The human symbol of the festival’s rebirth is surely Carlo Lizzani, director of the review from 1979 to 1982, who succeeded in the arduous task of restoring the festival to its former glory.
The festival shines, as always with a wide range of films, the presence of the retrospective, dedicated to writers, directors, producers and important movements, and with new "Workshop" sessions dedicated to study and research and "Noon-Midnight" spectacular films, like the first film in the Indiana Jones series, Raiders of the Lost Ark (1981) and E.T. The Extra-Terrestrial (1982), both by emerging film genius Steven Spielberg, as well as the second episode of the original trilogy of Star Wars by George Lucas, The Empire Strikes Back, directed by Irvin Kershner (1980), Heaven’s Gate by Michael Cimino (1982), the horror classic Poltergeist by Tobe Hooper (1982), and remakes of old classics and eccentric films. All these initiatives are born in the mind of the critic Enzo Ungari, collaborator of Lizzani, using an effective formula, modeling international best practices of past years.
In 1980, after a long pause, festival becomes competitive once again and awards a pair of Golden Lions, ex aequo to French director Louis Malle, with Atlantic City, and American John Cassavetes, with Gloria.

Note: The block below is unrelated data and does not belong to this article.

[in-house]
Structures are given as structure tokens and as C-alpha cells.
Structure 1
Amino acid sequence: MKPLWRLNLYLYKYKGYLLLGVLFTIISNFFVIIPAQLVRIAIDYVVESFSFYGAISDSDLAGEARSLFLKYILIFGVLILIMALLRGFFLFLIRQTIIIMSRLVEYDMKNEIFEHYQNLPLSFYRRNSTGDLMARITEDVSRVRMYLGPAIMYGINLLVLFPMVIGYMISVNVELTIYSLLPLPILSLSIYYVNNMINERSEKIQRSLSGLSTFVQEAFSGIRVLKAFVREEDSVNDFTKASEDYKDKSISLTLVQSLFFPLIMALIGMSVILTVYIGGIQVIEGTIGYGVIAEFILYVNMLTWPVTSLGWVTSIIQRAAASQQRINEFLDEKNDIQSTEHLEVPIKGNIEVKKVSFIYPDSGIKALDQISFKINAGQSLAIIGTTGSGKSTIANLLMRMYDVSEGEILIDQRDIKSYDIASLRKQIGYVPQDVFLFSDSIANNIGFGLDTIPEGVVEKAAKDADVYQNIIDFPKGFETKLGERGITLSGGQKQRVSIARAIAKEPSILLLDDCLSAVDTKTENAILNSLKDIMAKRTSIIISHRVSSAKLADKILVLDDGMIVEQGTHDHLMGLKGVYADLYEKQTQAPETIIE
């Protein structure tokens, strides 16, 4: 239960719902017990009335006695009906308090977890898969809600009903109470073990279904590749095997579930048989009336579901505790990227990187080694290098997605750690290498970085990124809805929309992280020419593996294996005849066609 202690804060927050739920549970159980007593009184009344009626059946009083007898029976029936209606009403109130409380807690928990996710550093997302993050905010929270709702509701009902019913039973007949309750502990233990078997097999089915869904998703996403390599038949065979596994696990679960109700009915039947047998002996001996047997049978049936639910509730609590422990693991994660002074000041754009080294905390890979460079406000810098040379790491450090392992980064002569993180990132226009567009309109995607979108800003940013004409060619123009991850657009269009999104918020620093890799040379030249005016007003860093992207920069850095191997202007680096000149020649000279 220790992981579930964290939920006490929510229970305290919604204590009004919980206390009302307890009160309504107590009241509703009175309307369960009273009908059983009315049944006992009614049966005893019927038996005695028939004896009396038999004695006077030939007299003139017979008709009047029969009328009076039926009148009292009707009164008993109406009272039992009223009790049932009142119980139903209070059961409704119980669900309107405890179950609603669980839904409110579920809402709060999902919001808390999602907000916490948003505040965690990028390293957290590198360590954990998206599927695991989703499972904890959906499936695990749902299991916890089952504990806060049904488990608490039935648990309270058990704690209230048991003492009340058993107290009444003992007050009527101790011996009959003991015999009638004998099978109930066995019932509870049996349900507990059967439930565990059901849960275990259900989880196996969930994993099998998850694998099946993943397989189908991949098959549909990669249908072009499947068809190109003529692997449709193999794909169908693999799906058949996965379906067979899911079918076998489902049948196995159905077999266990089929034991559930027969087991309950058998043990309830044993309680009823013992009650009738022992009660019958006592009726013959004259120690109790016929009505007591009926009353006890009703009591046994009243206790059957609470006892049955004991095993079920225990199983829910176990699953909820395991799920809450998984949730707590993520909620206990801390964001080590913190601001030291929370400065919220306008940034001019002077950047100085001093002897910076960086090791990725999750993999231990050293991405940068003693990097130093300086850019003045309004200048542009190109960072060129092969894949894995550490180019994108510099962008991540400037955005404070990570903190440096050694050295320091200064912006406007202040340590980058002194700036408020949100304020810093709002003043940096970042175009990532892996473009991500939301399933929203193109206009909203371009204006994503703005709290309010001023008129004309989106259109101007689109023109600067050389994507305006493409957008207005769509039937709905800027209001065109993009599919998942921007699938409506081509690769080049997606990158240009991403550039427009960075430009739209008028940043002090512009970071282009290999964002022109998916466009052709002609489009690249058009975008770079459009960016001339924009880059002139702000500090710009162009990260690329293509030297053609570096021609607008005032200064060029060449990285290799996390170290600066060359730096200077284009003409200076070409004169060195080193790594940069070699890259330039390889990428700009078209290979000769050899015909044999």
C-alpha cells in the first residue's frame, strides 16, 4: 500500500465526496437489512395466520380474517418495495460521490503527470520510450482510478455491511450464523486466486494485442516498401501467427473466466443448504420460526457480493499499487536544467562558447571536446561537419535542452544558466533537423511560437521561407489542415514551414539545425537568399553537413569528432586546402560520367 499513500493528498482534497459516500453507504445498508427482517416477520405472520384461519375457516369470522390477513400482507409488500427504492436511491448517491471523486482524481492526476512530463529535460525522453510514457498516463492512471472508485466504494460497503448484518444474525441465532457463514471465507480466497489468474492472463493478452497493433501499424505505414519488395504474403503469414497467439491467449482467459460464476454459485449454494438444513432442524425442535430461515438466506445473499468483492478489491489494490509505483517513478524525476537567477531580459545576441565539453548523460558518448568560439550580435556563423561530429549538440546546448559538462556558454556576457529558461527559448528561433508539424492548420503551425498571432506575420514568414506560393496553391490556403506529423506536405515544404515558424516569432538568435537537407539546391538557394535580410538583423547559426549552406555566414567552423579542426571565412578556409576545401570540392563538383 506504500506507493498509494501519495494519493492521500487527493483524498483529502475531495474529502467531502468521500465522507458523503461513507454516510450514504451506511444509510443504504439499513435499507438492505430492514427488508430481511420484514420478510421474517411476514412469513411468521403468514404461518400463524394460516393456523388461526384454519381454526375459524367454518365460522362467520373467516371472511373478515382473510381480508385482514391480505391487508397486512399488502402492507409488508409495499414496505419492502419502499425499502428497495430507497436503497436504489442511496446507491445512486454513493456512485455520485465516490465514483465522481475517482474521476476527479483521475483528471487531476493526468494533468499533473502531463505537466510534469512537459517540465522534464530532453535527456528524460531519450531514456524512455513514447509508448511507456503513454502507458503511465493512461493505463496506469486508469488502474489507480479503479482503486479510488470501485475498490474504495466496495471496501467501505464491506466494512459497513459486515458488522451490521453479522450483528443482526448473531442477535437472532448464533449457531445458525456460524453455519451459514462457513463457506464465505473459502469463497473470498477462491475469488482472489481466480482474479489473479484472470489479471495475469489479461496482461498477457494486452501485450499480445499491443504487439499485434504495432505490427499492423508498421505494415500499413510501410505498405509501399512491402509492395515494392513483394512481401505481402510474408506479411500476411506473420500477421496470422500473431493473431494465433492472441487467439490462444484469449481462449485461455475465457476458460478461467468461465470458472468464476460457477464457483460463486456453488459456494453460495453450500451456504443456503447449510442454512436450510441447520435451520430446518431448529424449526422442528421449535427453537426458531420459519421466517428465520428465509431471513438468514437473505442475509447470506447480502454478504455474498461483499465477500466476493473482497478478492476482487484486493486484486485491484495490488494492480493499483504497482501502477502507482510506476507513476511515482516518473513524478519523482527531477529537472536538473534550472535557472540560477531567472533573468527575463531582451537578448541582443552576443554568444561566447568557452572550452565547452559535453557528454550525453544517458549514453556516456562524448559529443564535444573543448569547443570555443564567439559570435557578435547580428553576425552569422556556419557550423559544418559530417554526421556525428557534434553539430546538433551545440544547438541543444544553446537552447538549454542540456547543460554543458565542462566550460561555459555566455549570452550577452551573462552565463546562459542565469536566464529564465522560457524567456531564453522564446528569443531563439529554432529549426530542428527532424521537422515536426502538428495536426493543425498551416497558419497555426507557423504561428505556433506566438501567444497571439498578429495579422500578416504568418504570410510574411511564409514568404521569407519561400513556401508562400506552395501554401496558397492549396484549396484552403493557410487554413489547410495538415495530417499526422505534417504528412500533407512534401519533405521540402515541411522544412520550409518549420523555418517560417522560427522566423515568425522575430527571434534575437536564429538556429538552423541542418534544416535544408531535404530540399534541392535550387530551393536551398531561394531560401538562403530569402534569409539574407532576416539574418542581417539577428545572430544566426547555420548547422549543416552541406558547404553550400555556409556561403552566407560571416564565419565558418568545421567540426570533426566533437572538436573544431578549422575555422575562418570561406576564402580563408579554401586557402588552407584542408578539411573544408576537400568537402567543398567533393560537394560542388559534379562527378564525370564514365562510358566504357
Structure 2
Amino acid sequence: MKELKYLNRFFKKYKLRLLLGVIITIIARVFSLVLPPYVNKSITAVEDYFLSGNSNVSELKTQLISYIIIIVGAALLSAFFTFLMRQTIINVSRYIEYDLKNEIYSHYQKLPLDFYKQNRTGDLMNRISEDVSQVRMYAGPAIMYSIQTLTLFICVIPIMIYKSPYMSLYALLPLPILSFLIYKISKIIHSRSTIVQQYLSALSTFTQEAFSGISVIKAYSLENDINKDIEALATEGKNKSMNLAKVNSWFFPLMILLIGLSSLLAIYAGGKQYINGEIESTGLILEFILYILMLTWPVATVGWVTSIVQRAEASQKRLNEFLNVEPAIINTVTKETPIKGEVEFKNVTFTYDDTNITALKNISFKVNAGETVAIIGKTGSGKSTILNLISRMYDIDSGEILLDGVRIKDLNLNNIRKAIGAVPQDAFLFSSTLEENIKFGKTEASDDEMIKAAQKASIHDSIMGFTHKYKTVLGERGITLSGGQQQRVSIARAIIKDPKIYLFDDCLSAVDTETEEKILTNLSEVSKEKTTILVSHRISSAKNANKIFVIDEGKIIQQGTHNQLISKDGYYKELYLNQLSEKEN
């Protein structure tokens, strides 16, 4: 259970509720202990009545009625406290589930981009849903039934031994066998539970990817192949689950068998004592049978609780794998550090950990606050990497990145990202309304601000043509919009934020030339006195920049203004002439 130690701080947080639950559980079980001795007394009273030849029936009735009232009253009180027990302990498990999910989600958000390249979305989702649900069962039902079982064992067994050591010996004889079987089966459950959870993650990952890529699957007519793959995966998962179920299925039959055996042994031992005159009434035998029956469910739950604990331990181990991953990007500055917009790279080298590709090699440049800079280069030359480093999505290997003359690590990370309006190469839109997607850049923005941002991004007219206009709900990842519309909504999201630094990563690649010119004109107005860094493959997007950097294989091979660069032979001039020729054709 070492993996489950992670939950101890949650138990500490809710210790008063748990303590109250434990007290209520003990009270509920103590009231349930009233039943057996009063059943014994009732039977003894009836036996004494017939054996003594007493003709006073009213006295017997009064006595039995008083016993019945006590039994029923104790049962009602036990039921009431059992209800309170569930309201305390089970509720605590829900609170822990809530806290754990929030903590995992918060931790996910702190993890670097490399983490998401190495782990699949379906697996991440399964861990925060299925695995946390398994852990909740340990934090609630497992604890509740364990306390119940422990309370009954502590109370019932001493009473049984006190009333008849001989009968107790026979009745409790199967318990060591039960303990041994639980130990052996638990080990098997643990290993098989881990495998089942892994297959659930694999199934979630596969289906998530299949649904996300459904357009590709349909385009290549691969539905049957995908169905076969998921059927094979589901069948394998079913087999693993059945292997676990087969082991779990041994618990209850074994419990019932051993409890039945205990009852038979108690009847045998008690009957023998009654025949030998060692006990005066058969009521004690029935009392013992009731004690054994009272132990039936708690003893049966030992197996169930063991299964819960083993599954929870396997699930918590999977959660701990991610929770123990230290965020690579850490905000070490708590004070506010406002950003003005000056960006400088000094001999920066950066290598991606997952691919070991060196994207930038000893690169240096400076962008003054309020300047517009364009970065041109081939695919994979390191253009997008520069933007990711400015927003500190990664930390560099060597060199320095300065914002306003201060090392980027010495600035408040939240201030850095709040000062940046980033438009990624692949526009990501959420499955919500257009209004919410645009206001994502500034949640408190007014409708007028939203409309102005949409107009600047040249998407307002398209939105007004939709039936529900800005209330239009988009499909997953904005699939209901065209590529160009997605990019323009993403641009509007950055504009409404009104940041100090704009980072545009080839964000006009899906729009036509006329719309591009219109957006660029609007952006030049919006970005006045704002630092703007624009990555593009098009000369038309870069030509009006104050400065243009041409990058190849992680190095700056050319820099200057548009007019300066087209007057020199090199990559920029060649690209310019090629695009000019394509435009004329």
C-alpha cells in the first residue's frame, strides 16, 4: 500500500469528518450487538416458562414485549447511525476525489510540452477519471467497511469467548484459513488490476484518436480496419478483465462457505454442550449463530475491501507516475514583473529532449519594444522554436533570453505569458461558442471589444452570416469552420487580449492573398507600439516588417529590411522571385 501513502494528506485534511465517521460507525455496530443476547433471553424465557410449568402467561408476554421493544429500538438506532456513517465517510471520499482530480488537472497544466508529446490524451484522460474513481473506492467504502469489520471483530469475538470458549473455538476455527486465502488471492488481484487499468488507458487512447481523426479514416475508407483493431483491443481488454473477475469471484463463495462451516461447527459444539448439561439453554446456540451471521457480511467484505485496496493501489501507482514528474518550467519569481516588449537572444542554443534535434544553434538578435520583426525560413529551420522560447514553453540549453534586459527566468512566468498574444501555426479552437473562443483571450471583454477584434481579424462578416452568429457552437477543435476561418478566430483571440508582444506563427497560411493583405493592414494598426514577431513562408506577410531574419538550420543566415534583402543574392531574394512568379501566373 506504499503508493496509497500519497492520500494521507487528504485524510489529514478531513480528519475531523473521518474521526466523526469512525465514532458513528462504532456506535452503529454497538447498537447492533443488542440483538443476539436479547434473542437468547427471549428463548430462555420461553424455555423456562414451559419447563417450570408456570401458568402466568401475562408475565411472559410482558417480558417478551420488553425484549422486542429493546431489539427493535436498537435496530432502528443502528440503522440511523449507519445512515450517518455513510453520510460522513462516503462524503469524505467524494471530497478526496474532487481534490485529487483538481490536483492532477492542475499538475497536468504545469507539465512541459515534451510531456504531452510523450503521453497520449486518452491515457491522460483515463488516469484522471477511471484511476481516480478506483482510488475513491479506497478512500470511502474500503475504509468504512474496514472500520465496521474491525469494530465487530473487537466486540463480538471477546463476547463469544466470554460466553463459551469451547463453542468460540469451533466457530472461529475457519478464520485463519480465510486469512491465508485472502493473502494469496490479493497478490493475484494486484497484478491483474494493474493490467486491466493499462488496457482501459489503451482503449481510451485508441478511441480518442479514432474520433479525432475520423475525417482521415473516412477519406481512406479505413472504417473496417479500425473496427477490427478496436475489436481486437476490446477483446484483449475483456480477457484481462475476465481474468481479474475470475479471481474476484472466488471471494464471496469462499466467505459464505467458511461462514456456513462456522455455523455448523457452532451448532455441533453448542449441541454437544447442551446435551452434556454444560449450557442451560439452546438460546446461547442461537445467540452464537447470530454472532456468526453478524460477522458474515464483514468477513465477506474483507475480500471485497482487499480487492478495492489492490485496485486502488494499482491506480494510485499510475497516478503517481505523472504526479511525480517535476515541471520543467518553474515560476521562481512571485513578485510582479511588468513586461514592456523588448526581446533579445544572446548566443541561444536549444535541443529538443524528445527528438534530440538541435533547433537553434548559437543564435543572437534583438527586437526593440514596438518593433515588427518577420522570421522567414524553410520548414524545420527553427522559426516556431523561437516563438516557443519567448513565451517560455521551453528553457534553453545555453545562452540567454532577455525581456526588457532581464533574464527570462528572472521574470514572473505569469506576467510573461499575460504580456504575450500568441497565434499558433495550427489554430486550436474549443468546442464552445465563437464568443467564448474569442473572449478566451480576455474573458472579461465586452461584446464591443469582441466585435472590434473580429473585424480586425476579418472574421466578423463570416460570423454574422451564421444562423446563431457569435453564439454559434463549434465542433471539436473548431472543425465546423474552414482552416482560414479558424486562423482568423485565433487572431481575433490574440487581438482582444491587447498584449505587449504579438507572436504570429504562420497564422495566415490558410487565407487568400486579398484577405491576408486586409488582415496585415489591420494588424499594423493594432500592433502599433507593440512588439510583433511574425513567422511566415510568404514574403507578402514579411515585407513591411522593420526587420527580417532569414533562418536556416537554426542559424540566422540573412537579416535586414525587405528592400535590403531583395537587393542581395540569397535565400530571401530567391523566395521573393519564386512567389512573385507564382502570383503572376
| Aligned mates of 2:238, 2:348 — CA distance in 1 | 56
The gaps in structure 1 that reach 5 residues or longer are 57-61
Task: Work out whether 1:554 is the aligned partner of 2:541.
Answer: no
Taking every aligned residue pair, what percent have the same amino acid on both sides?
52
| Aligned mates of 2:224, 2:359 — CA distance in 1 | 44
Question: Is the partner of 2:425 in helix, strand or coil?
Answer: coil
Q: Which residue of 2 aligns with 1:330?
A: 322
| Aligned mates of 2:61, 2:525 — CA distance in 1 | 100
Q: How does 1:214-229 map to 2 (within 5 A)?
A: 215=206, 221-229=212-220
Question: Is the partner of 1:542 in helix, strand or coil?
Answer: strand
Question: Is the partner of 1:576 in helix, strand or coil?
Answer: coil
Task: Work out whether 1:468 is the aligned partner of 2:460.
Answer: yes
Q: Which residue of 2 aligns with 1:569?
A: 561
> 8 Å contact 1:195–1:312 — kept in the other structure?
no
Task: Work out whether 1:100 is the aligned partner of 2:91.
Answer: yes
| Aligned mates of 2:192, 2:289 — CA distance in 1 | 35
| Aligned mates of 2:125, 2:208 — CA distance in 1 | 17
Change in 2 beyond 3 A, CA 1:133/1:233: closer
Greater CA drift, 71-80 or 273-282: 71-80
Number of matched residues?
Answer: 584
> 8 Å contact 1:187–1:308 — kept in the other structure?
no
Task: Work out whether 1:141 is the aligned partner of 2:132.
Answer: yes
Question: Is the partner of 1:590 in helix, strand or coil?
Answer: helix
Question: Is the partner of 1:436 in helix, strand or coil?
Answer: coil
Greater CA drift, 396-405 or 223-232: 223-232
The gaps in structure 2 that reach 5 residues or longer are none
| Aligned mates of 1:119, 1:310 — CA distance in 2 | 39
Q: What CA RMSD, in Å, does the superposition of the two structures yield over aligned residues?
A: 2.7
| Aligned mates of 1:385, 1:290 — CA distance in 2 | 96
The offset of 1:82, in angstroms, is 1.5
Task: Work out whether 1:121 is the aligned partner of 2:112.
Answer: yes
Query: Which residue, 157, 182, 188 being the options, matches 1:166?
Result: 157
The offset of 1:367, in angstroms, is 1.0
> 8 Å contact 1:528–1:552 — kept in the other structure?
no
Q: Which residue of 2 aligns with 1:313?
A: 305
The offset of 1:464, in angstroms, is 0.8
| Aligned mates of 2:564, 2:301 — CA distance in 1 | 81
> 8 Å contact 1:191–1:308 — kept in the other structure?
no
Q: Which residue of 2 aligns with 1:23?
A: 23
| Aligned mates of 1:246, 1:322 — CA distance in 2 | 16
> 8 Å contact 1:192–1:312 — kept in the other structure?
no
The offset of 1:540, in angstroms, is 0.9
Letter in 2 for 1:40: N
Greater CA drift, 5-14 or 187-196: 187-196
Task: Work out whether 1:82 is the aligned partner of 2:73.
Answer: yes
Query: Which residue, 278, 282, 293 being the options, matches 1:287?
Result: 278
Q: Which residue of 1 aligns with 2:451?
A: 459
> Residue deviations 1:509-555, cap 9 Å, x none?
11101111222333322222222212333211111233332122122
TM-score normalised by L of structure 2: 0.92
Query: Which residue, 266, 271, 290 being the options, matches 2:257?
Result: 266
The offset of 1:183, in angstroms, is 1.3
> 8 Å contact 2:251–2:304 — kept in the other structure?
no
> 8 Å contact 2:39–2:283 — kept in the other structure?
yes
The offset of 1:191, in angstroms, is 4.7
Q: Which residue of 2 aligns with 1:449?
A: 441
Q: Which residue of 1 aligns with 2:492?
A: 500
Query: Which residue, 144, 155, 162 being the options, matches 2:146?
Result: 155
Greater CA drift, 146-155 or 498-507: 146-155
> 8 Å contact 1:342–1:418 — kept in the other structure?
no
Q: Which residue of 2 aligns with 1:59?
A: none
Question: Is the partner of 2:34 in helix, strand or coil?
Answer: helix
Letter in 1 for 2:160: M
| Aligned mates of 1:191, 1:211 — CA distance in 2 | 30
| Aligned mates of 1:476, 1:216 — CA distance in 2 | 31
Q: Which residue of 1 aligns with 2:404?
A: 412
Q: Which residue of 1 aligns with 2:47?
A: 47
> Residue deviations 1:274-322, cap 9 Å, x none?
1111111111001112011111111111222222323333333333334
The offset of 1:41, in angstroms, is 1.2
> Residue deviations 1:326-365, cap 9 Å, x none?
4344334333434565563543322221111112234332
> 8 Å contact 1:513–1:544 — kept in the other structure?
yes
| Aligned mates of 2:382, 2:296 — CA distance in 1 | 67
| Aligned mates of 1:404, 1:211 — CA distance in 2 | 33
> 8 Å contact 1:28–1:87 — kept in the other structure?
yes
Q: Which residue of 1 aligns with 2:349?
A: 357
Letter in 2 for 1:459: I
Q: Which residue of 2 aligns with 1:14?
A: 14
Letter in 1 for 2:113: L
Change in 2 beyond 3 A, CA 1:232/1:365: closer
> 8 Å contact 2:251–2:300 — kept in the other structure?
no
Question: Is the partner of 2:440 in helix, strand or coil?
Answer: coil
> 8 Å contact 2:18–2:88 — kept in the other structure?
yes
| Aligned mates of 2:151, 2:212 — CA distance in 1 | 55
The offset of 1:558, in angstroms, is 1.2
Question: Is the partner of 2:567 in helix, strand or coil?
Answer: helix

Venice plays a very important role in the world-wide affirmation of the new German film style: in 1981 Margarethe Von Trotta, the first woman to win a Golden Lion, astonishes the jury with Anni di piombo, while Wim Wenders is awarded the following year for Lo stato delle cose. In addition, there is the serial documentary Berlin Alexanderplatz by Rainer Werner Fassbinder who enjoys great success in 1980. Two years later, in 1982 a few months after the death of the director, there is a posthumous presentation of his last film, the very controversial, Querelle. Even though it gets favorable reviews, it is not awarded the top prize, splitting the jury and triggering lively debate.
The festival lives in its golden moment, after the dark period of the 1960’s. A tribute to the festival is its capacity to provide visibility for first works of directors that are destined to be great in the coming years, allowing them to assert themselves as distinguished producers of contemporary film. Among these, the young Emir Kusturica, winner of the Golden Lion for Best First Work in 1981 with Sjecas li se, Dolly Bell? (Do You Remember Dolly Bell?), and Peter Greenaway, who the following year presented, The Draughtsman’s Contract, a film that will bring notoriety to itself.